Stargazing Basics 2: Understanding star magnitude in astronomy

Hi I’m David Fuller from the “Eyes on
the Sky” video series. Let’s look at another aspects of Stargazing Basics, this time, magnitudes
of various objects. Magnitude is just a fancy way to describe
the difference in brightness of objects we see in the night sky. And it’s not too hard
to learn how it works, but let’s start with some history. The Greek astronomer Hipparchus
developed the magnitude scale back in the 2-nd century BC, when he assigned the brightest
stars a magnitude of “one” and the dimmest stars that of “six,” the in-between stars
of 2, 3 , 4 and 5 magnitude assigned according to brightness. He assumed that the difference
in brightness of stars was 2.512 times brighter than the next dimmest one. Taken across that
full 6 magnitude scale, this meant that the brightest stars – the first magnitude ones
– were 100 times brighter than the dimmest, 6-th magnitude ones. It also allows for a
fairly easy way to determine other brightness differences: The difference from first to
third magnitude is 6.3 times; first to fourth, 15.8, first to fifth , about 40 times. This worked just fine until Galileo turned
a telescope towards the heavens, and humans discovered there were a LOT more stars out
there than just the first through sixth magnitude ones they could see naked eye. But what they
did was just extrapolate the scale further. So much like golf or ERA in baseball, the
lower the number, the brighter the star, and the higher the number, the dimmer the star.
11-th magnitude is 100 times dimmer than 6-th magnitude, and that 11-th magnitude star would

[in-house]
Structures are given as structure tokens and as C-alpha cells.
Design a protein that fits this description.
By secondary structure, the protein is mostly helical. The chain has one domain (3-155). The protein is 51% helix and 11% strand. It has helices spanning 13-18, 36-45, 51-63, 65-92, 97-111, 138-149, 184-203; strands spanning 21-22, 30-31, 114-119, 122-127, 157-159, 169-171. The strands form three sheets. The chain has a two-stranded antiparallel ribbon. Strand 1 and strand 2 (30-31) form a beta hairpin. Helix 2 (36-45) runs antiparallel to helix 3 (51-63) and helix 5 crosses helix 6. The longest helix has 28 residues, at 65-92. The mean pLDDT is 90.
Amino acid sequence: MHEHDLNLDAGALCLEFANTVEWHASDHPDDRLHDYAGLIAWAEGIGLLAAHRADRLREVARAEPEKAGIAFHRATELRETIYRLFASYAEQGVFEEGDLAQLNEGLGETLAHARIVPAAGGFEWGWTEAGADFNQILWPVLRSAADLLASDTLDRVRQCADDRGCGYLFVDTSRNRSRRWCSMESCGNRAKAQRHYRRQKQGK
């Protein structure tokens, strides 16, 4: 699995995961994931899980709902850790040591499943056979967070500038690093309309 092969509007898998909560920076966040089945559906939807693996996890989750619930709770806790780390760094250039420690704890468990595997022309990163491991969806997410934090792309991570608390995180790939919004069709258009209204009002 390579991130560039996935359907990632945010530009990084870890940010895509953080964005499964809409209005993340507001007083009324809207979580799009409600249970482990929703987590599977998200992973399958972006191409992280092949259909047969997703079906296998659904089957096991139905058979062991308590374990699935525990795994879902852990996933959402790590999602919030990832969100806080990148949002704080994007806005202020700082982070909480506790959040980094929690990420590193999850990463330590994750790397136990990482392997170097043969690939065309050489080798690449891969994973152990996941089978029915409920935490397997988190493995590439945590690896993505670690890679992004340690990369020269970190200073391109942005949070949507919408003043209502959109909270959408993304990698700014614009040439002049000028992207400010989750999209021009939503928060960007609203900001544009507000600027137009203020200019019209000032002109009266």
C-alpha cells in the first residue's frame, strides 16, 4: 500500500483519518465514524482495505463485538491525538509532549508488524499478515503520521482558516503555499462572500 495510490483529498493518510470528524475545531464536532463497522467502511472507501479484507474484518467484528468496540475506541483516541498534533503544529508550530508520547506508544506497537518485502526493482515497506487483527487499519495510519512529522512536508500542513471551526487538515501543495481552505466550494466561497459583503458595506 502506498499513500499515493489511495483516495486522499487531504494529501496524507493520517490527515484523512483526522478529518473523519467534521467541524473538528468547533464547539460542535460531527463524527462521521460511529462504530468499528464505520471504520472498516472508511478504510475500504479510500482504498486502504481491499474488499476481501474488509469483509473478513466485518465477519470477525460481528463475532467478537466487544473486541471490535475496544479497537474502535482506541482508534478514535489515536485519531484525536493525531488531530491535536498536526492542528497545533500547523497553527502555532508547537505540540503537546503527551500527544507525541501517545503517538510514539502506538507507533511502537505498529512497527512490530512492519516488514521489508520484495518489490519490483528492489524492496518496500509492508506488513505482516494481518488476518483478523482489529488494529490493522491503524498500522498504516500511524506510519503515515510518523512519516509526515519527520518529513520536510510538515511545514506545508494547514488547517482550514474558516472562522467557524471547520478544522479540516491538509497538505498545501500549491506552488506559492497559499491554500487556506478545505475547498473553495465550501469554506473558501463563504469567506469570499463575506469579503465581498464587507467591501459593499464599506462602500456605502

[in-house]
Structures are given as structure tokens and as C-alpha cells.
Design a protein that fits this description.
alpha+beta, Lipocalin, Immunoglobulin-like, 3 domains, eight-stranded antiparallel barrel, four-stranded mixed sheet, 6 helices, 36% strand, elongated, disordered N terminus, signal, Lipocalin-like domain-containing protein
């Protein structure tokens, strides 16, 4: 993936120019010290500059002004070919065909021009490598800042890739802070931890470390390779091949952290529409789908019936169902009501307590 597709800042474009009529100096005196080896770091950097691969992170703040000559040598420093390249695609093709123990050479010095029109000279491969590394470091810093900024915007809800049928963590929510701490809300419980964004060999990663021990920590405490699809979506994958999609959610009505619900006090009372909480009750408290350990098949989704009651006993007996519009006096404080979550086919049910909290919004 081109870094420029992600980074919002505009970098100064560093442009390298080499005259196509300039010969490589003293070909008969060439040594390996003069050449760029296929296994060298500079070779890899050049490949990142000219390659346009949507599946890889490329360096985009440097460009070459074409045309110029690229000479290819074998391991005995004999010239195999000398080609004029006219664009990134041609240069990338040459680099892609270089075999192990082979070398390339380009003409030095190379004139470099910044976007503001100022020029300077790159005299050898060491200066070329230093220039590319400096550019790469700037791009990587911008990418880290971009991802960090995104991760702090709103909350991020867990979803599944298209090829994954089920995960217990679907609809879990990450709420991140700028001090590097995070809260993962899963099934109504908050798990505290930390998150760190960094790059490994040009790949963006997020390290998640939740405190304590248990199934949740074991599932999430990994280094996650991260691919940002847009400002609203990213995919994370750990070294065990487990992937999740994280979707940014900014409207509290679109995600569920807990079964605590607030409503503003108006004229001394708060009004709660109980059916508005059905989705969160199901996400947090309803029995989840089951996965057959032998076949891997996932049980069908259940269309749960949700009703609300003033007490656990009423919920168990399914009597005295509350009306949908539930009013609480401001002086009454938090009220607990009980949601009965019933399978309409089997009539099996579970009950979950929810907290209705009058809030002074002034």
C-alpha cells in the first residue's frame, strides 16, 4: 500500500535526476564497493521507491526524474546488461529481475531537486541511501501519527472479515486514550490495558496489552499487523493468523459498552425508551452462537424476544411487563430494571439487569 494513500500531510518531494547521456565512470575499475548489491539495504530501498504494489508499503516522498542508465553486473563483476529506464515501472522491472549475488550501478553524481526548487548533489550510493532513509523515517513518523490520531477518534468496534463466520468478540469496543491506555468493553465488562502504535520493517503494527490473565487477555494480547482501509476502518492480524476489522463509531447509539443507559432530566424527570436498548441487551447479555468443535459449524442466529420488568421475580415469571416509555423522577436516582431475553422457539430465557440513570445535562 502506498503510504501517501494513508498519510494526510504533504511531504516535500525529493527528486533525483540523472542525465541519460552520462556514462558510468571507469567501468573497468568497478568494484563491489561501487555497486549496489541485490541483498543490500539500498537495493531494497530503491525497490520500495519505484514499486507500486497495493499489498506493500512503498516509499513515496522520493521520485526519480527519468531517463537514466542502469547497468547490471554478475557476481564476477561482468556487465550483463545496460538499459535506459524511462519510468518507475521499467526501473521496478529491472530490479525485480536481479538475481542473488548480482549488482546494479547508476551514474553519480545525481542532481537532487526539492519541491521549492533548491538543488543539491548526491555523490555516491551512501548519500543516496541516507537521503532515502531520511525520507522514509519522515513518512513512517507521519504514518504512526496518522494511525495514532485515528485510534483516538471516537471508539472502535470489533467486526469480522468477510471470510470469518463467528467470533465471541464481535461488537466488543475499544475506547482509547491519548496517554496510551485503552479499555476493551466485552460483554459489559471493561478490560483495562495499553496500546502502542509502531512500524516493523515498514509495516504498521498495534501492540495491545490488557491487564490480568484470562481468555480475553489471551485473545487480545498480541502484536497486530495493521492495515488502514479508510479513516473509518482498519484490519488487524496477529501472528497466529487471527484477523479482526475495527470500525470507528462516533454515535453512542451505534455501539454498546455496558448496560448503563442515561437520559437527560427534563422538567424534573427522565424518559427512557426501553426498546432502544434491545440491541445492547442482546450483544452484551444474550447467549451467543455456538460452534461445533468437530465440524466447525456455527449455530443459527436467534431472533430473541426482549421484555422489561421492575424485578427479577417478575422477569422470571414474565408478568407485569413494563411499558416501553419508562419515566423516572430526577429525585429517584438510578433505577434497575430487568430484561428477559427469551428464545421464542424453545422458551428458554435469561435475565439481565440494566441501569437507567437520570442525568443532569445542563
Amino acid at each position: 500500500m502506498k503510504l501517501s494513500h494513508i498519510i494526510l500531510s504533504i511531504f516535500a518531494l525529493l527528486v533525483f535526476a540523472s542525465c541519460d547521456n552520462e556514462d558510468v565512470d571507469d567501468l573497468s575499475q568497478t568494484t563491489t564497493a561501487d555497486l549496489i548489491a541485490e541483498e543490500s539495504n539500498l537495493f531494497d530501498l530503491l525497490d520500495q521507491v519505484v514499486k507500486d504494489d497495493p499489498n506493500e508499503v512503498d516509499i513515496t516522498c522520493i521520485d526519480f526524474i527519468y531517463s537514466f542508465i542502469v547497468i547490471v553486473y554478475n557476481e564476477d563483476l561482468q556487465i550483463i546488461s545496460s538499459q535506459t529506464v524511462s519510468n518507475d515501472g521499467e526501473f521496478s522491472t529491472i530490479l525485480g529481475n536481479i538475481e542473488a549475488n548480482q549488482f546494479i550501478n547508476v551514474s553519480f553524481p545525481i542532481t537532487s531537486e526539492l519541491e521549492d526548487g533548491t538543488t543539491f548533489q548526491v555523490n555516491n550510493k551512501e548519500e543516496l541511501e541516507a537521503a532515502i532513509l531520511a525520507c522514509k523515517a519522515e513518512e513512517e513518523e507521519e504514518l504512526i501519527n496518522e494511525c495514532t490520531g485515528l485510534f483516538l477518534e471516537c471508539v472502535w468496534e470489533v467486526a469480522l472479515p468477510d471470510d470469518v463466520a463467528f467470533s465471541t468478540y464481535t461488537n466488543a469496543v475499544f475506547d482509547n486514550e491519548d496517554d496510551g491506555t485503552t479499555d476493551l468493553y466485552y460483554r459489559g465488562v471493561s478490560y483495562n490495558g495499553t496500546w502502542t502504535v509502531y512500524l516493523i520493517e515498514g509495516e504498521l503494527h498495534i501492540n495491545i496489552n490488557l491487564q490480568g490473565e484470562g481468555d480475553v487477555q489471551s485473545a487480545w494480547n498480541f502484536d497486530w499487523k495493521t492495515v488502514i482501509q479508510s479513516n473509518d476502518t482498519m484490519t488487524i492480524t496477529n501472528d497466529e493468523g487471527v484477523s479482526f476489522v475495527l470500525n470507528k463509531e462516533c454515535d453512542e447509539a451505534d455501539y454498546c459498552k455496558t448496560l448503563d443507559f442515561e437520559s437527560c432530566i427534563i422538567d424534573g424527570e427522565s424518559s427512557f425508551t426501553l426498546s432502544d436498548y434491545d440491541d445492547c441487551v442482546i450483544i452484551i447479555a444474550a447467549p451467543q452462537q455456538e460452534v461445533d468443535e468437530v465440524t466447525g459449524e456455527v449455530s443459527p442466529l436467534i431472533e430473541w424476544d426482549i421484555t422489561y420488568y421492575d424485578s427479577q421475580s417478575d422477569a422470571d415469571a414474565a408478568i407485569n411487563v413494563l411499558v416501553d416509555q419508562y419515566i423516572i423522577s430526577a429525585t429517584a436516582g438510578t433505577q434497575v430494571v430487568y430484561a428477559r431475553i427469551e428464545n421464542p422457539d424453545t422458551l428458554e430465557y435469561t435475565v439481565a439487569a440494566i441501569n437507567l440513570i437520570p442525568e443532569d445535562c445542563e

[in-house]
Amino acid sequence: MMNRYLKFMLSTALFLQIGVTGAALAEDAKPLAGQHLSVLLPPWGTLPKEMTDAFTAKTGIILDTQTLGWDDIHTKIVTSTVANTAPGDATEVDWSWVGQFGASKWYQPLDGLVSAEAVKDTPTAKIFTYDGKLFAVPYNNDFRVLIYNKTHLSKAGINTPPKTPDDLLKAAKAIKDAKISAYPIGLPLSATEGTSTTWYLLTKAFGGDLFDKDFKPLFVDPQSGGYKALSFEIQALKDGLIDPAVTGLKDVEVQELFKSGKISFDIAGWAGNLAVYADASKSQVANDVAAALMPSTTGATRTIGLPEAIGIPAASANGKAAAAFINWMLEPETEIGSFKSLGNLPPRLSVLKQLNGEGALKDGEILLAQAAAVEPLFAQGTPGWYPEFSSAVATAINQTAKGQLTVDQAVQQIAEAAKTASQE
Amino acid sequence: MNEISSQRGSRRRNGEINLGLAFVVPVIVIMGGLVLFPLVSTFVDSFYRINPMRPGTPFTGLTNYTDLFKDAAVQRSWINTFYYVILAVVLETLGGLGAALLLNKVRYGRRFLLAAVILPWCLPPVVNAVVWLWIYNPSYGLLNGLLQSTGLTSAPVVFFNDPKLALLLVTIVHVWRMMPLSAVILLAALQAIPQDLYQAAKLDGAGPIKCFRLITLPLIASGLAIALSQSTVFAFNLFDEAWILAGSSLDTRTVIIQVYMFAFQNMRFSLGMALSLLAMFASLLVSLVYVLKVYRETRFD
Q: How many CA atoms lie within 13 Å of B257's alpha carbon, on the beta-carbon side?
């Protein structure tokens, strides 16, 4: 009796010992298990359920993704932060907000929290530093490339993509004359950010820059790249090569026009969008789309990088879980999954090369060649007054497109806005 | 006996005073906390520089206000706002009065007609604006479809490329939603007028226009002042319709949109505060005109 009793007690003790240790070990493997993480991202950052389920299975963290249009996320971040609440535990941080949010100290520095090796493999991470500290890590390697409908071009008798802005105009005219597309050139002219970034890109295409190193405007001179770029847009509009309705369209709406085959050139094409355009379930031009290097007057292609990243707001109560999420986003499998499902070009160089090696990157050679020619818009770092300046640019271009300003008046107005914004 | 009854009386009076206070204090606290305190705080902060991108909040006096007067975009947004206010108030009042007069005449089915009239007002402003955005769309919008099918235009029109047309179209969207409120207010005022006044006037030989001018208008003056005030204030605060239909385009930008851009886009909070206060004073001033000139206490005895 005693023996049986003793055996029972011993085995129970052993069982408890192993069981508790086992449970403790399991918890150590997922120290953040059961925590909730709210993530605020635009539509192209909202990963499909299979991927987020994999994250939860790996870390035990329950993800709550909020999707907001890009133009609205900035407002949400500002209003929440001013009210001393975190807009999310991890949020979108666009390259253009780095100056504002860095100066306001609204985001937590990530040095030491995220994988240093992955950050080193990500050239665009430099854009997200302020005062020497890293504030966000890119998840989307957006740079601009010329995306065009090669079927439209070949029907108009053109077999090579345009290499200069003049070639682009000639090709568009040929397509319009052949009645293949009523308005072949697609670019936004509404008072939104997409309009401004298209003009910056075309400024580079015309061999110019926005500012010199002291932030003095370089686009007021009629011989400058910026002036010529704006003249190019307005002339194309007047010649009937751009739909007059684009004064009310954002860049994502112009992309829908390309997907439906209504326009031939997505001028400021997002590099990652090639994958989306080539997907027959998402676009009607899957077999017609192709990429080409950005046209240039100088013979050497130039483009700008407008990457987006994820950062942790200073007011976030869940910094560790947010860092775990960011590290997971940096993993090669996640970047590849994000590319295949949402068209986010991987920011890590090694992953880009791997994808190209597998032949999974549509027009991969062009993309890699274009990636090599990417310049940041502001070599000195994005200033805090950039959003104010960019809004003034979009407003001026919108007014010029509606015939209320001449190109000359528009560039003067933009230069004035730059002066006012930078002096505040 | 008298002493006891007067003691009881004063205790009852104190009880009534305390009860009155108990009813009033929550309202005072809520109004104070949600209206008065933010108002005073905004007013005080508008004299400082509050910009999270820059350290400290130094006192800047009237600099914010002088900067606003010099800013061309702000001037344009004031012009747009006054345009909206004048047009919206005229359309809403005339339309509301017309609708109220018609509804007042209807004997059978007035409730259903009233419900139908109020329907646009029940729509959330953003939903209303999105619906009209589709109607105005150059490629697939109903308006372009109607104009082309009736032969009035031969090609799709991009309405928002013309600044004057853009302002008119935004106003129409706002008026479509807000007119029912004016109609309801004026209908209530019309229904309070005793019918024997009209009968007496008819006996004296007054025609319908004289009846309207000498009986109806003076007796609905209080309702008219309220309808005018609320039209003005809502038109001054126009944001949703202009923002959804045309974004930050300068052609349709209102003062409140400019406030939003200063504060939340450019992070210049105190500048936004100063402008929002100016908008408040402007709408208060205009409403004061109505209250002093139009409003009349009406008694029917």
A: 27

also be 10,000 times dimmer than a first magnitude star. In the other direction, we have some objects
that are brighter than first magnitude stars. Hipparchus actually fudged the numbers a bit;
the star Sirius in the winter sky is definitely brighter than most other bright stars, and
it shines at magnitude negative one point four. The planet Jupiter is brighter than
that, often appearing at around magnitude negative 2, and Venus brighter still, typically
around negative four. When objects are bright, they are denoted on star charts with larger
dots; dimmer stars are usually given smaller dots. This helps us locate brighter objects
in the sky more easily. But beyond the stars’ magnitudes is that
of the Moon and Sun. The full Moon in the night sky shines at magnitude negative 12.7,
and the Sun at magnitude negative 26.7! Those are both bright compared to starlight, but
also a huge difference, even between themselves, as the Sun is 400,000 times brighter than
the full Moon! Now everything we have discussed has been
“visual magnitude,” meaning how bright or dim objects appear to our location on Earth.
Another concept is “absolute magnitude,” used by astronomers to compare the relative
brightness of objects when placed the same distance. But that is more complex than what
we need to know for simple stargazing purposes. However, for visual magnitude, it helps to
understand how it relates to other objects besides stars. Stars are point-like objects
in the sky, so it is easy to assess their magnitude and brightness. But galaxies, star
clusters and nebula are not quite as easy. So we look at their “integrated magnitude.”
That’s a way of saying that the same magnitude is now spread out over a larger area. For
small objects, that can mean it is something that will look brighter to us in telescopes.
If the area if very large though – such as the galaxy M33 or the nebula M1, those
objects may look very dim, relatively speaking. If possible, try to look for the surface brightness
of an object; objects above a surface brightness of 11 or 12 can be very difficult to find
from light polluted areas. That’s a quick overview of the magnitude
scale, and how to understand it. Just remember the Sun and Moon have negative magnitudes
and are the brightest visual magnitude objects, and lower numbers are dimmer stars and objects,